BANGOR, Maine — The scars of war are not always visible.
Many World War II veterans, including Bangor resident Lester Cohen, have kept quiet about their wartime experiences during the 64 years since the war in Europe ended, attempting to hide their invisible scars.
Those veterans, now in their 80s, endeavored to protect themselves and the ones they love from the pain and grief that is associated with death and injury, and the knowledge that their innocence was lost forever.
“Growing up we were taught to be good, and the Army taught us to kill,” Cohen said last week as he sat in his Chickadee Lane home.
Cohen was 19 when he led a group of eight soldiers up the steep banks of Omaha Beach in Normandy on D-Day and later fought against the Germans in the Battle of the Bulge and other major confrontations in the European theater.
As he reminisced last week, he held in his lap a thin envelope of memorabilia from WWII, including a few letters he wrote home to his mom in Biddeford, his discharge papers, newspaper clippings, photos of his brothers-in-arms and one of him in his youth with his three brothers in uniform.
“It’s been a long, long time since I’ve even seen this stuff,” he said.
Cohen’s story is not unlike others from his youth. He was the youngest of seven children and all three of his older brothers and his brothers-in-law were serving this country in the military during WWII. Cohen was enrolled at the University of Maine in Orono, “and everyday I’d go to class there would be less and less boys,” he said.
Halfway through his second semester, he hitchhiked home to Biddeford to tell his mom, who raised him and siblings alone after his father died when he was 14, that he could wait no longer and that he was enlisting.
He joined the U.S. Army in March 1943. After basic training in Massachusetts he was sent to Europe with Battery B of the 110th Infantry Gunnery Battalion, which was attached to the 1st Army.
Cohen has kept the secrets of war quietly locked away for six decades, and only in the last few years has he been able to speak about his experiences.
“To say they don’t talk — that’s an understatement,” said Honey Cohen, who married him on Feb. 15, 1959.
By the time Cohen enlisted to fight along with his brothers and many others in the United States and Europe to defeat Hitler and the Nazis, millions of Jews already had died by the hands of those who followed the German dictator.
To be Jewish was a dangerous thing, and having an obviously Jewish given name placed a target on Cohen who decided to crush and throw away his military dog tags, just in case he was captured.
“I hated the Germans” for what they did, he said, anger still in his voice.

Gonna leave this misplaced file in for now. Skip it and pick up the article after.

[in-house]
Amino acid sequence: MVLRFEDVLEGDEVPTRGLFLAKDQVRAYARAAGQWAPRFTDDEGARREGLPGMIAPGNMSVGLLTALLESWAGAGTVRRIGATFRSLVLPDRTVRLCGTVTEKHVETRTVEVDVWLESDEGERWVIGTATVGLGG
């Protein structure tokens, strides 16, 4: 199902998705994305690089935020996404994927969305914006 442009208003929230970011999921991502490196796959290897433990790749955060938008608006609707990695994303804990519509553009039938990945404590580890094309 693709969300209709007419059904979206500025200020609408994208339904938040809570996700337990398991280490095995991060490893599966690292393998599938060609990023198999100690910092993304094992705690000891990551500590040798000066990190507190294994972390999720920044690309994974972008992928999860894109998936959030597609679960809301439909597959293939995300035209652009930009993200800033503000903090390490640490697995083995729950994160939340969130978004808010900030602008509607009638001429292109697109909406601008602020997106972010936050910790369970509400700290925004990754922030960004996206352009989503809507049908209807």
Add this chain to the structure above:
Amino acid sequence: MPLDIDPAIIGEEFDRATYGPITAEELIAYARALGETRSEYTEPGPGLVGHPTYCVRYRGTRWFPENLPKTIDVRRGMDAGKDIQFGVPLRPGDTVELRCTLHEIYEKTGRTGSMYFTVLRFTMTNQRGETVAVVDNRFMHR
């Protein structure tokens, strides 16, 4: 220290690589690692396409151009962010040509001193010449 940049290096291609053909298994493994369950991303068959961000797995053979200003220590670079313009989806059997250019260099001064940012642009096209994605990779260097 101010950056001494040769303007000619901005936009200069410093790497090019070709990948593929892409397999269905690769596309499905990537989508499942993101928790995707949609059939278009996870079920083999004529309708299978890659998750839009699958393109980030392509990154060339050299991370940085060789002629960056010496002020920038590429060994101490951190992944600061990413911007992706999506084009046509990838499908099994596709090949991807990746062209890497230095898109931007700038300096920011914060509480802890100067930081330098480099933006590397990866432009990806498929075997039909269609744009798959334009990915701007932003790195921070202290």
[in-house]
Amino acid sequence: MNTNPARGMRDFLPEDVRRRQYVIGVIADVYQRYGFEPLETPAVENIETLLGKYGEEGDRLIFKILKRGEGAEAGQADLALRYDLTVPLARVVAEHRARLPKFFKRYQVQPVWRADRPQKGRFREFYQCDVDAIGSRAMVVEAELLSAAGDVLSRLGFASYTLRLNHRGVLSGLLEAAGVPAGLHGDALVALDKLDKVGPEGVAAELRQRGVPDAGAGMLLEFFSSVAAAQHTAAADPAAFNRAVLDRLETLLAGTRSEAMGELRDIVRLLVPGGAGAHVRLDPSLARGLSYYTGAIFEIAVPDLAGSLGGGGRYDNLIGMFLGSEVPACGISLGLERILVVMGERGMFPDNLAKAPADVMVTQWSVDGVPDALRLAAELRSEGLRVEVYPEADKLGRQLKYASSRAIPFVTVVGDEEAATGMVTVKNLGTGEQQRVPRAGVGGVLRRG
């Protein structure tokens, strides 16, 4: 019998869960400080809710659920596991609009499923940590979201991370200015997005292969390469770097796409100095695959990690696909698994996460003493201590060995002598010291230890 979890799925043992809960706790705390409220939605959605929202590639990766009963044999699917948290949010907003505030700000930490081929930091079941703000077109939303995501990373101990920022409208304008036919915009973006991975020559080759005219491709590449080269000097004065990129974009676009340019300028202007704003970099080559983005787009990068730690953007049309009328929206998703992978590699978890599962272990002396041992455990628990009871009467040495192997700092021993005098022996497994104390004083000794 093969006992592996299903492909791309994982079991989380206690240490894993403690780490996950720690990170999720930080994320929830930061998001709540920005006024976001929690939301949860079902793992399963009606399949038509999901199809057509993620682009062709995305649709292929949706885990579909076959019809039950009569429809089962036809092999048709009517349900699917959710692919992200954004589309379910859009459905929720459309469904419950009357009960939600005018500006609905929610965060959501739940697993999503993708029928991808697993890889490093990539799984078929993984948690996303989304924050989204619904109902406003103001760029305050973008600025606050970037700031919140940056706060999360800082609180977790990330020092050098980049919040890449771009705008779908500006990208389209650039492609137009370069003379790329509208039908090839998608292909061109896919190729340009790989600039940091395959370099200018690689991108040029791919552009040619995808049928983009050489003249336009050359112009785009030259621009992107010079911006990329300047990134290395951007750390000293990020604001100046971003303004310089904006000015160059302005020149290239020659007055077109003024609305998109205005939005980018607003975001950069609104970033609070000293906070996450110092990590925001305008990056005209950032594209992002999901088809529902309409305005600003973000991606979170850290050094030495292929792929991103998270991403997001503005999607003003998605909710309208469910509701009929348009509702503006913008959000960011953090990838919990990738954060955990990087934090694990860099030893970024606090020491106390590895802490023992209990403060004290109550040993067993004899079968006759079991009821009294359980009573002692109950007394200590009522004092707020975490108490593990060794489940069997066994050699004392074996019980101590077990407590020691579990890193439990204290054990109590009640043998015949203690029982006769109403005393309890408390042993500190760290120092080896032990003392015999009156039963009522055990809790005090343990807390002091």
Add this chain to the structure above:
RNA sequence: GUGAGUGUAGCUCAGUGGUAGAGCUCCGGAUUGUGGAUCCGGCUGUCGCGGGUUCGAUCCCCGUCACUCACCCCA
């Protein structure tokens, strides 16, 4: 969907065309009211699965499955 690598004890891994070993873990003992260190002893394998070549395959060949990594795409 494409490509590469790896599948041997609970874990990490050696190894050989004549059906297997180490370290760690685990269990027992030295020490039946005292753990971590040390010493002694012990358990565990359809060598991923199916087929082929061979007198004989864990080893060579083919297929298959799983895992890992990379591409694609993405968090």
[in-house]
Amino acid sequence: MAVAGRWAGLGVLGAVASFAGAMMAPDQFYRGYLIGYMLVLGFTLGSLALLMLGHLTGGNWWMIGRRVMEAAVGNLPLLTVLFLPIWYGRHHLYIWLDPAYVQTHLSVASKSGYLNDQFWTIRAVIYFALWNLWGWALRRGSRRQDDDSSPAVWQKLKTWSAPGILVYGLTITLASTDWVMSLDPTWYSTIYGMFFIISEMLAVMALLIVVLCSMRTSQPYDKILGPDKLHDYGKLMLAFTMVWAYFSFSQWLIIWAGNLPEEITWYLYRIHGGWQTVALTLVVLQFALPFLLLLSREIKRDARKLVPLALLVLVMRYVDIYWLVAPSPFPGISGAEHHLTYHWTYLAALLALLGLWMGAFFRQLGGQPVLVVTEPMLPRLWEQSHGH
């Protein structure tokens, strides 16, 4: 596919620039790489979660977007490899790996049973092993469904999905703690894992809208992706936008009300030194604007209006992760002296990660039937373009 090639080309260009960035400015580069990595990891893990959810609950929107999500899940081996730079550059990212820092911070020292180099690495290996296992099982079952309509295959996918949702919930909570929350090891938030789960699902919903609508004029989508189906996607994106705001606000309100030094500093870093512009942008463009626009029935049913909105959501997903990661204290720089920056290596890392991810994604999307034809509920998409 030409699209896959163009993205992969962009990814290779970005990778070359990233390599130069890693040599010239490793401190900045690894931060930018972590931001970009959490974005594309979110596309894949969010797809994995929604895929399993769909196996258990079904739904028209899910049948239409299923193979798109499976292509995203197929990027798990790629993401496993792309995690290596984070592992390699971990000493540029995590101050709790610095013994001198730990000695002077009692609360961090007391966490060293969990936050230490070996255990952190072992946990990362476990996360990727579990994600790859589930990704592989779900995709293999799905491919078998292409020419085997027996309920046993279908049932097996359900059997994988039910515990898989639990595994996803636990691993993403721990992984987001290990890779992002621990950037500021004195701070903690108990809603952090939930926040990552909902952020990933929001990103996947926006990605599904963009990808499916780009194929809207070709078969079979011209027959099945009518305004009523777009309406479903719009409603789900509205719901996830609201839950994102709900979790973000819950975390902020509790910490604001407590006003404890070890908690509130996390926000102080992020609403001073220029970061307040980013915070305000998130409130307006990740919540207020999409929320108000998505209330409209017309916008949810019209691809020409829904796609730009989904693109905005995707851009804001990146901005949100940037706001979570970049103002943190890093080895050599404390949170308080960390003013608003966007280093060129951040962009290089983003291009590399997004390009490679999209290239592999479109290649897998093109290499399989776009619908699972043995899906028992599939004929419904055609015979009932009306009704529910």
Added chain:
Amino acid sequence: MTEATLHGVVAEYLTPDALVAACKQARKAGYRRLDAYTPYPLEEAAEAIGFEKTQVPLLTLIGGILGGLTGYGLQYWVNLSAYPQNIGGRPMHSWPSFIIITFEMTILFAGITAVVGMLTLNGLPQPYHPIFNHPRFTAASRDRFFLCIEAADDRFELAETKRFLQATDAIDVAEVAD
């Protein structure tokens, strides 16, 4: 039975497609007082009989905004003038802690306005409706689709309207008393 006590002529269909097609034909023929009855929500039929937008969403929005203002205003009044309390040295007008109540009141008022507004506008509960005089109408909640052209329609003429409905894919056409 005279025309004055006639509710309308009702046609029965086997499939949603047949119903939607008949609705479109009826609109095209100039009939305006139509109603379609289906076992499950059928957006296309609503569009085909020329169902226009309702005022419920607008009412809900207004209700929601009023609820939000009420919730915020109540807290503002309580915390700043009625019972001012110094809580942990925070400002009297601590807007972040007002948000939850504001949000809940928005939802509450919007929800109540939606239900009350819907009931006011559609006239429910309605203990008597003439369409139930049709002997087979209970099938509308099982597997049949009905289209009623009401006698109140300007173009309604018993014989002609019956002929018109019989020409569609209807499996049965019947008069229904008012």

As he quietly recalled stories of the battles he fought in Europe — tales of the carnage of war — there were some good memories, of the people that he and his fellow soldiers helped to liberate.
“Have you ever seen people who were crazy with happiness?” he wrote in an Aug. 30, 1944, letter to his mother, Celia. “That is the way people are here” in France.
He recalled the French people shouted “the liberators” in their native tongue, when he and his battalion — the first Americans to arrive — made their way into Paris.
“They all tried to touch you. To kiss you,” he said, his eyes wet and far away in thought.
The fact that many were Jewish lifted his heart.
“I have met quite a few Jewish people since arriving here” in Paris, his letter states. “Many have been hiding in cellars and houses and other places for four years and many have kept their nationality a secret for fear of being harmed.”
A few of the stories, the ones that cut the deepest, Cohen just could not finish. He left them hanging in the air as silence permeated the room. Then he would gather his composure and, using a diversion technique that is well oiled, tell a story about the beautiful European women he met while traveling from town to town.
Cohen was shipped home to the U.S. before many of his fellow soldiers because his mother was seriously ill with brittle diabetes.
When he arrived home in Biddeford it was around midnight and his mother was already asleep.
The next morning, using her walker, she made her way into his room and Cohen pretended to be asleep. “She lifted up my shirt and checked me all over,” he said. “She knew if I got hurt I’d never tell her.”
Cohen has no physical scars from the war he served in so many years ago, but the emotional scars remain. They run so deep that he said he is not participating in today’s Veterans Day activities.
“It’s too tough.”